Bank surprises single mom by paying off $150K in student loans

Jasmin Ford, 30, of Chicago, describes how the surprise will change her life.

A 30-year-old nurse and single mother with around $150,000 in student loan debt received a life-changing surprise Wednesday.

Jasmin Ford was surprised with the news that Fifth Third Bank would pay off all of her student loans.

“I still can’t find the words,” Ford said Thursday. “I’m off work again today and I’m just sort of pacing around and restless because I know my life is going to change.”

Ford, a Chicago native, was the first in her family to graduate from college. She received her bachelor’s degree in 2011 and then became a nurse three years later after going back to school for her nursing degree.

Ford finished her Master’s degree in nursing in 2015. With no family assistance, she said she had to take out student loans to cover necessities like food and rent in addition to tuition.

“I could not foresee when I’d be able to pay it off,” Ford said of her debt. “I just knew this was going to be a part of my life as long as I was alive unless there was some significant change, which -- wow.”

(MORE: Student debt crisis: This 28-year-old mom is 'drowning' in $80,000 of debt)

Ford said she now envisions being able to use her nursing career to give back even more and "pay it forward."

“I just imagine being able to spend more time physically with my family, not having to hustle, having mental freedom and with that, some spiritual freedom,” she said. “I can open myself to more experiences, opportunities and just be able to sit and be with my thoughts and be able to pursue what it is I came to do.”

Ford said life will also change for her son, Caleb, who will turn 2 in February. While struggling to pay back her debt, Ford worked nearly every day of the week at two jobs.

“His life will be totally different,” she said. “I’m so happy and so proud that I’m able to offer that to him more than anything else because he deserves it.”

Ford was surprised by Fifth Third Bank after being chosen to participate in a documentary the Ohio-based bank was producing on the student loan debt. She thought the film crew was coming back to her home Wednesday to shoot some additional video.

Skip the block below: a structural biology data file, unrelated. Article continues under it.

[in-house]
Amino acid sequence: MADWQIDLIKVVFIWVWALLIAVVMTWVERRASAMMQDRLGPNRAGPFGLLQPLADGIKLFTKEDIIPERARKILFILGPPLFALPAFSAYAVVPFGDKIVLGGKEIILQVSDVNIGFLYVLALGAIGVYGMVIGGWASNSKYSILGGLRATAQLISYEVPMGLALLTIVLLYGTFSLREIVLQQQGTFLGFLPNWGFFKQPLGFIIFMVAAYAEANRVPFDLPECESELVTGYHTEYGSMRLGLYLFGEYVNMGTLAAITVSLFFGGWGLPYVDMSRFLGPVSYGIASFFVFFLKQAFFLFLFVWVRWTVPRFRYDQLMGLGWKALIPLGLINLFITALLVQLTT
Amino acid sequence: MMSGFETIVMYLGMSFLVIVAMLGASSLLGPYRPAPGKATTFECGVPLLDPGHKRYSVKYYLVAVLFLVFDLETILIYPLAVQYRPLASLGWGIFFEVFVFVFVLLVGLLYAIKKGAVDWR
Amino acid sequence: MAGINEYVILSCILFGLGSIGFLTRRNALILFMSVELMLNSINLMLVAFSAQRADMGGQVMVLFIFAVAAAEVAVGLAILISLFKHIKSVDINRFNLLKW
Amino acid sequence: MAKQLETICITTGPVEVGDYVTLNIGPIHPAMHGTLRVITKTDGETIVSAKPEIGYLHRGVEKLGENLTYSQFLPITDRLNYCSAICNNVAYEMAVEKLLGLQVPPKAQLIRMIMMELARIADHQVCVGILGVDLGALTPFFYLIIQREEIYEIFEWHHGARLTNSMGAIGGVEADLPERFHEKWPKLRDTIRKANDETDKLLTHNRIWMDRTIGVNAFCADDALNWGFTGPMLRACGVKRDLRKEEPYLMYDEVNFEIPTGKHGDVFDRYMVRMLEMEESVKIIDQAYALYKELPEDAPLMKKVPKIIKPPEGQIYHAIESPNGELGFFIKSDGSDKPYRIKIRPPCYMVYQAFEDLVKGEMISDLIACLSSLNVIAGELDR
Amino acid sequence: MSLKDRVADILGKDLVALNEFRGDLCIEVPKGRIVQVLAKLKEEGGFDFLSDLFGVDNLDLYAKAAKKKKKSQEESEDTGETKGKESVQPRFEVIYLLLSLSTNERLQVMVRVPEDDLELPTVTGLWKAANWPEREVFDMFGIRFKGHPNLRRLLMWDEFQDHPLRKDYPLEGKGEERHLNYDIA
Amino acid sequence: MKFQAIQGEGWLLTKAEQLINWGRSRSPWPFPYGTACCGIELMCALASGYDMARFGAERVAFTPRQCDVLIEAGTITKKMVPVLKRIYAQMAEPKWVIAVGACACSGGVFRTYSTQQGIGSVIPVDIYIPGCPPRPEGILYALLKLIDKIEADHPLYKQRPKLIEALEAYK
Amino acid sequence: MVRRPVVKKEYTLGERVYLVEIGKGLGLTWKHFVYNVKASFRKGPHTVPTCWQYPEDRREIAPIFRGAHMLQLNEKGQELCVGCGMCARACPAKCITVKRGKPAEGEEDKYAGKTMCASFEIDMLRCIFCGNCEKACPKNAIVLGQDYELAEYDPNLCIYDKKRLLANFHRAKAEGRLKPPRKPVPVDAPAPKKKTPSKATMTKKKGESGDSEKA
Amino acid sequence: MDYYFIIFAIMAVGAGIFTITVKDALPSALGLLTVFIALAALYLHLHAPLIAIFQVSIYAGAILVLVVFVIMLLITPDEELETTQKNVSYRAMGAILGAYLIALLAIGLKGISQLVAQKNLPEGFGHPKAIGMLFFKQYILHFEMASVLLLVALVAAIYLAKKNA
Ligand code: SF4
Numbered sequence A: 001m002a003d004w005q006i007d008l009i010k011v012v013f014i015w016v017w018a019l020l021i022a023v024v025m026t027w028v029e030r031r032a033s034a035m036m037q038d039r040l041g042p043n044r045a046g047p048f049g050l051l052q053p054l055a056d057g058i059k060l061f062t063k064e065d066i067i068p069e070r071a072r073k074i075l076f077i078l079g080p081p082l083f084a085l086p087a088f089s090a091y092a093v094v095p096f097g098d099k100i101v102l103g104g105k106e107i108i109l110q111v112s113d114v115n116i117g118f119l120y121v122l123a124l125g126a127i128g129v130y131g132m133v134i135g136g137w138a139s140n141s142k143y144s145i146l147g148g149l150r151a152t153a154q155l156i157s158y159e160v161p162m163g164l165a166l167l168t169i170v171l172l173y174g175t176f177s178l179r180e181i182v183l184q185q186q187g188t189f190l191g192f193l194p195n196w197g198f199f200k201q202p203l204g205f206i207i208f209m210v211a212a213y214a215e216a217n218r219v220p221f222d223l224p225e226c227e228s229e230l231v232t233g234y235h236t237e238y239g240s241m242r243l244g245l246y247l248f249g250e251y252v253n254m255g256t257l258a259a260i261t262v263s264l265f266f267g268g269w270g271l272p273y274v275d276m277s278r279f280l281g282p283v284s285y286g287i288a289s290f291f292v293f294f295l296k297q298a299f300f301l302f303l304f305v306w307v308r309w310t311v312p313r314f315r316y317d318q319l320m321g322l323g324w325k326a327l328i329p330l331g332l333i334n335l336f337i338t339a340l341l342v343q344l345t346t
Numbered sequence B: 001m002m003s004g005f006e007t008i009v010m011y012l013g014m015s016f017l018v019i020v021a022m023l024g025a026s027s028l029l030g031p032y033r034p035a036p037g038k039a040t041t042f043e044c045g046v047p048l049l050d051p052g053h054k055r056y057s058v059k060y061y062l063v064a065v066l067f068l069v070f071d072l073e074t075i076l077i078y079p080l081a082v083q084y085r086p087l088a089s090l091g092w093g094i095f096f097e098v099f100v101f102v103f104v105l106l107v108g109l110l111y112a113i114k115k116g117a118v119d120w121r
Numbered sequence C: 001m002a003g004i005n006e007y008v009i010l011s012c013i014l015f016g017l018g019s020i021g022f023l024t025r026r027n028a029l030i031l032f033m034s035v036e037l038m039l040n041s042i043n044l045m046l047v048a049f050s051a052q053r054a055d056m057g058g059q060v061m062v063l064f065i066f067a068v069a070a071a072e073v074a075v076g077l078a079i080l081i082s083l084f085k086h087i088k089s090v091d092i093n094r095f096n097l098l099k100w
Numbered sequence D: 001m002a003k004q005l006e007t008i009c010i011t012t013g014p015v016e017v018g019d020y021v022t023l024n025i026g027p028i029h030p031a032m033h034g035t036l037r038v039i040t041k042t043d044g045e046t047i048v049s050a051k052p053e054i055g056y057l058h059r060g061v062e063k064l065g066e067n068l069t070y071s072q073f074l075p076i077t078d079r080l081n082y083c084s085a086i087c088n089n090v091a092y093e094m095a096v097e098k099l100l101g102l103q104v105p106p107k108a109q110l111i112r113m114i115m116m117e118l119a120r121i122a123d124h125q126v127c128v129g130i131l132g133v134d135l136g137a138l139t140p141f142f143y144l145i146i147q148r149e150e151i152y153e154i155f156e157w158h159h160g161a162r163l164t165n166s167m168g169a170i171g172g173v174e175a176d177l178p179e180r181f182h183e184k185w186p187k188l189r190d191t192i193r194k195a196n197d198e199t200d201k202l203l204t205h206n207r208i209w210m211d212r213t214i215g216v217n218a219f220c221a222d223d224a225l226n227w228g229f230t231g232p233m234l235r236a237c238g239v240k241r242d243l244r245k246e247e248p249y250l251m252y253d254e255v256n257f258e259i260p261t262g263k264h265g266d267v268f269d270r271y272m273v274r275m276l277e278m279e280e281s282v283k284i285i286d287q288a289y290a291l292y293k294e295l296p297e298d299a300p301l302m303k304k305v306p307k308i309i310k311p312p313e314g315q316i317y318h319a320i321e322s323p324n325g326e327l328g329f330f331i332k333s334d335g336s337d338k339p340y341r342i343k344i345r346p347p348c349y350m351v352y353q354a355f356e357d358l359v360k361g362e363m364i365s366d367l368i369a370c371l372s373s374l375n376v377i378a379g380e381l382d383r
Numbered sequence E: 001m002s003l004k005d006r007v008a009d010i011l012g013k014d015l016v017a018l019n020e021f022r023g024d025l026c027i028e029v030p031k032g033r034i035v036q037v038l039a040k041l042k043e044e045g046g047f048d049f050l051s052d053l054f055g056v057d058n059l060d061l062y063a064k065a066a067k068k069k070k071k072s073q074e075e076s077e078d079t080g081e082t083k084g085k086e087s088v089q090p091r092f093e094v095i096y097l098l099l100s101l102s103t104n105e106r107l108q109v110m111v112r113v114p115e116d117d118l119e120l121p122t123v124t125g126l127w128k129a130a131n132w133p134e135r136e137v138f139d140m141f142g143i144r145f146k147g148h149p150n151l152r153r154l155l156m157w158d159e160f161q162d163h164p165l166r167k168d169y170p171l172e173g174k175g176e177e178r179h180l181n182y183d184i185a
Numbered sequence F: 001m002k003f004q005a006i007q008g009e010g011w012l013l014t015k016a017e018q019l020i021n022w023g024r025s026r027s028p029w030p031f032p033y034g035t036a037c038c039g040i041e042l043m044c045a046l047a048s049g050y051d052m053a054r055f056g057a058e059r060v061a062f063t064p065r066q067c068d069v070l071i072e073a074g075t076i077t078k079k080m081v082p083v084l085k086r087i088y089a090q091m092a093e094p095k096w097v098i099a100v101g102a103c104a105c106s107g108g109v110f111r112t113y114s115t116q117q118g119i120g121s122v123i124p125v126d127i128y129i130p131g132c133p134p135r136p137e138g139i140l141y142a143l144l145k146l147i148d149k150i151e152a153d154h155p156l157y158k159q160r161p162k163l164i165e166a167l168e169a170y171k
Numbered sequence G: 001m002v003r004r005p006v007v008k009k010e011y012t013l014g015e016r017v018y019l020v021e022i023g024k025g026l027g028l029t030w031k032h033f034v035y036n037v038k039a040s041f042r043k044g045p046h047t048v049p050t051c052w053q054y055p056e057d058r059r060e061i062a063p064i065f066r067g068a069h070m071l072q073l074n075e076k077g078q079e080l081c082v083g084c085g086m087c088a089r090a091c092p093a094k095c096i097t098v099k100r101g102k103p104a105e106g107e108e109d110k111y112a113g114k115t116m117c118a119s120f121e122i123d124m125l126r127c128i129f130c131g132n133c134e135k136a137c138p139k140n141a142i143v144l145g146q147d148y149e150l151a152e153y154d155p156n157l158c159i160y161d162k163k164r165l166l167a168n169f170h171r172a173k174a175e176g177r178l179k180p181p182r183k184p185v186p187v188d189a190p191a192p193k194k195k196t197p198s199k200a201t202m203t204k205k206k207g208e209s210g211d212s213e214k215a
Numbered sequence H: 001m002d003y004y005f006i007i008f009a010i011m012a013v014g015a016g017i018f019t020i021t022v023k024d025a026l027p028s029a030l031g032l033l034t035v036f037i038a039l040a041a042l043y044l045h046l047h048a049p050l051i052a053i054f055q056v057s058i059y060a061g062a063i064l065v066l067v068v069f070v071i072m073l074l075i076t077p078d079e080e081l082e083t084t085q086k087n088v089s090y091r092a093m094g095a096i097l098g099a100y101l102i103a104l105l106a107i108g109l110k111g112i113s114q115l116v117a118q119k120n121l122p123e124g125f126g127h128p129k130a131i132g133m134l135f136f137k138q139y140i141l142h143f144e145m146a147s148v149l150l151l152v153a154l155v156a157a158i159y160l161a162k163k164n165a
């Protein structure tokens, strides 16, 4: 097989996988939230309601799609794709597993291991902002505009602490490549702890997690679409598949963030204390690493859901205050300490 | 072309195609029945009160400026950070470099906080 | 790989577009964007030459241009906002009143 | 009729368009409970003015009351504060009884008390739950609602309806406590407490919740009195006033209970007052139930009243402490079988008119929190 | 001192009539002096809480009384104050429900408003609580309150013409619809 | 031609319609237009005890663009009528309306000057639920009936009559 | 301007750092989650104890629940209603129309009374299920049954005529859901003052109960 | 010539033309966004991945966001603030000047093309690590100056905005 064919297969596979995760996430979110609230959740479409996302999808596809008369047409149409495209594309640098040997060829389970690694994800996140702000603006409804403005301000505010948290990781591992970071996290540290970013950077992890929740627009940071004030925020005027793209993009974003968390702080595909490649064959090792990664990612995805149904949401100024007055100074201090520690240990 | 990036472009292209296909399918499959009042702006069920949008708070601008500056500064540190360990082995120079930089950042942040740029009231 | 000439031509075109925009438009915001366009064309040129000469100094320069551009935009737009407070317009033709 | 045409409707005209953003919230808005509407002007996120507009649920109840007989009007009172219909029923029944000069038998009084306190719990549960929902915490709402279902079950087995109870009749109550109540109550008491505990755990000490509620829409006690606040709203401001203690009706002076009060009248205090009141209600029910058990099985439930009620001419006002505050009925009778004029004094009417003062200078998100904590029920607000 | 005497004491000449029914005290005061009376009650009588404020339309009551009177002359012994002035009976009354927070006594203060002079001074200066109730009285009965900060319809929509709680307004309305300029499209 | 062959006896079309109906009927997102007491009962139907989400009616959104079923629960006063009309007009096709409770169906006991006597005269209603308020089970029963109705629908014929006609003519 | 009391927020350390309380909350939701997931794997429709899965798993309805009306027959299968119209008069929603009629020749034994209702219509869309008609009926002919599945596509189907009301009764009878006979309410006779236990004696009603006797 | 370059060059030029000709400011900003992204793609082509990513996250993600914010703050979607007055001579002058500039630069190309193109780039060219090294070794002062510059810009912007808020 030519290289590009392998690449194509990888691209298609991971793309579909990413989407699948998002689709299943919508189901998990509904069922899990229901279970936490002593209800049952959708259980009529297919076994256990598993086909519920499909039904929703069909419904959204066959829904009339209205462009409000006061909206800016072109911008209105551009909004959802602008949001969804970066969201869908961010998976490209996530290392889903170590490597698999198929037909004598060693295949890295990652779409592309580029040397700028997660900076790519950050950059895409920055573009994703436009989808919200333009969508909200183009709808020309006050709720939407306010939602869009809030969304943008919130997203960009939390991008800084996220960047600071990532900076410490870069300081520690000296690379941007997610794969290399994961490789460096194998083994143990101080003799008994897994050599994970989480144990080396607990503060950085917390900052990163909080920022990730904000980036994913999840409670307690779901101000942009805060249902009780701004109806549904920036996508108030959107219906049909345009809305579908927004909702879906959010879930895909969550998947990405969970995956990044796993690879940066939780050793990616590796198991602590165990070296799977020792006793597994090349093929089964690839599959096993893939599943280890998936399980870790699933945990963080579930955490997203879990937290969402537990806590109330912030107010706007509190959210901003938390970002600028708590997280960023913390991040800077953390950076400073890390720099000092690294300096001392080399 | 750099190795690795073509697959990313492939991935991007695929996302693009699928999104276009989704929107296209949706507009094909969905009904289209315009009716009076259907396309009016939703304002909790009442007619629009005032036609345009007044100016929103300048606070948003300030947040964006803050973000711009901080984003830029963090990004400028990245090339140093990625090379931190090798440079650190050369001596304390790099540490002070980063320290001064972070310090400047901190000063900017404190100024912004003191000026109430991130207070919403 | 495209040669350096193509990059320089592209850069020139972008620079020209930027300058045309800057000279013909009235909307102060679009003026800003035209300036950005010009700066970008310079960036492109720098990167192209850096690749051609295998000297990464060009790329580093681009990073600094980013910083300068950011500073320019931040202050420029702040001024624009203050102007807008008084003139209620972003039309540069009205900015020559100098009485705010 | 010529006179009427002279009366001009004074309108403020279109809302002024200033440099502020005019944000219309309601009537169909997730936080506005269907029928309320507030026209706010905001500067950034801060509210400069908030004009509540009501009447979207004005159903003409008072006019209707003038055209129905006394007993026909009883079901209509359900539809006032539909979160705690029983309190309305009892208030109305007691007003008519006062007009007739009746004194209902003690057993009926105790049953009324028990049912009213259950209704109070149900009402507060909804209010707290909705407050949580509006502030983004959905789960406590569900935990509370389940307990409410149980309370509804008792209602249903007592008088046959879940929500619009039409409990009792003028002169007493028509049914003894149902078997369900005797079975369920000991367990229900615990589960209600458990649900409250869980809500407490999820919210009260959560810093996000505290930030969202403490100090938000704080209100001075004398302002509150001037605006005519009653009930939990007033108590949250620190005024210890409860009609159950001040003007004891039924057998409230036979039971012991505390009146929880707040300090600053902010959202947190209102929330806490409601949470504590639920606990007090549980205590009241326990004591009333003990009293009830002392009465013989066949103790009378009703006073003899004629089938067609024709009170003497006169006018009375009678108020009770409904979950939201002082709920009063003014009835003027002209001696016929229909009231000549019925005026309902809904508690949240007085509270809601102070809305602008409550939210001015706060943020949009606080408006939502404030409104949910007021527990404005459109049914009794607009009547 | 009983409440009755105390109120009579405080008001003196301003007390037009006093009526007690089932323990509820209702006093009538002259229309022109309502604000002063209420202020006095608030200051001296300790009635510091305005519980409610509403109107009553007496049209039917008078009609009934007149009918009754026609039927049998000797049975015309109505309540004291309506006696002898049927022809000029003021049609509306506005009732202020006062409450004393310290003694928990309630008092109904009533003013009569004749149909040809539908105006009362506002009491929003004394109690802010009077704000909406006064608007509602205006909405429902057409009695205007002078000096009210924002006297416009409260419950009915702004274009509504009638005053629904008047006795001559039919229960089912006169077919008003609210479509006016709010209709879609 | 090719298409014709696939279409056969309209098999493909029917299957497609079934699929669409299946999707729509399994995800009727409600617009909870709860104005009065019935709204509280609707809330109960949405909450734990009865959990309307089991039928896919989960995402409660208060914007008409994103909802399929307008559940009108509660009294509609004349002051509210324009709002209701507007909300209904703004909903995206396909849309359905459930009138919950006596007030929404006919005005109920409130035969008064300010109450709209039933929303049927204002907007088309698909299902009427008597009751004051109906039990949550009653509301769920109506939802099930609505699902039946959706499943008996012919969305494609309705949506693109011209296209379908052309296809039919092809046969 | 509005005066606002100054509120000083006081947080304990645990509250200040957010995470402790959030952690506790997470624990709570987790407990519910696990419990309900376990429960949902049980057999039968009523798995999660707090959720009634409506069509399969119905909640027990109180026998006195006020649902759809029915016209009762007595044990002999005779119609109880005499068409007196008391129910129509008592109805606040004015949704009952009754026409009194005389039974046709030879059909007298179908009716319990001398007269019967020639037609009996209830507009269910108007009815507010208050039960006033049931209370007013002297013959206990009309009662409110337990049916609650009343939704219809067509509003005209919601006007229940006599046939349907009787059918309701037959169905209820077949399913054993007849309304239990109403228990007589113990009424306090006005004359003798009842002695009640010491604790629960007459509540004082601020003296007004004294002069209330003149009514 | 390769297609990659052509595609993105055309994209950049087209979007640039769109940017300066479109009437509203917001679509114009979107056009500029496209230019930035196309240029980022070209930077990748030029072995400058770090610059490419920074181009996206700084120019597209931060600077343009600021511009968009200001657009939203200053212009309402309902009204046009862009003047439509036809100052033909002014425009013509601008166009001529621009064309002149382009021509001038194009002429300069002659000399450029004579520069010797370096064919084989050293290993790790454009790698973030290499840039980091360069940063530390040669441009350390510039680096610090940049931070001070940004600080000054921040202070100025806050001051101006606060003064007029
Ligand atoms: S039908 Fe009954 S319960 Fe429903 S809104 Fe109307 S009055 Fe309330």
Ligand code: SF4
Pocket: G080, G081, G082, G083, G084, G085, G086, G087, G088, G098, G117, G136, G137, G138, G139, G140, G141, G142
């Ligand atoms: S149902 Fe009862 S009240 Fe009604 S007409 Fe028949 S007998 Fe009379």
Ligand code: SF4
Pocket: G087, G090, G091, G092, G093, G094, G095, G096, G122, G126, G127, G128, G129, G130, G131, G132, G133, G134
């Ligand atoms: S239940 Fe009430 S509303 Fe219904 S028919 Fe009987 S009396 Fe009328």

“The documentary in itself was a once-in-a-lifetime opportunity,” she said. “I’m a South Side of Chicago nurse and I have a kid, that in itself is not that exciting, and I got to be in a documentary and I met some amazing people on the way.”

Mike Crawford, senior digital product manager at Fifth Third Bank, said it was Ford’s perseverance to become a nurse and her commitment to giving back to her community that made her stand out.

"Her story was just so compelling and she’s such a passionate person who’s focused on changing the world and giving back, we just felt like we had to do this for her," Crawford said. "She’s one of those people that we expect to be a ripple in the pond. If you make a difference for her, you make a difference for the community."

Fifth Third Bank decided to look at the issue of student debt after seeing it was a major issue for millennials, according to Crawford.

About two in three college seniors who graduated from public and private nonprofit colleges in 2017 had student loan debt, according to the Institute for College Access & Success, a nonprofit organization that works to make higher education more available and affordable.

(MORE: 'I thought college was exclusive to certain types of people': Students surprised with $40K scholarships live on 'GMA')

Crawford said Fifth Third Bank decided to use voices like Ford's in a documentary on student debt in order to humanize the issue.

"It's such an emotional challenge and such an anxiety-ridden experience for people," said Crawford, who added that he and his wife are still paying off student loans.

In the coming year, Fifth Third Bank plans to pay off student debt for two more people. The bank will pay off loans of up to $39,000 for two users of Fifth Third Momentum, the bank's student loan initiative that rounds up a customer's debit card purchases and applies it to their student loan balance.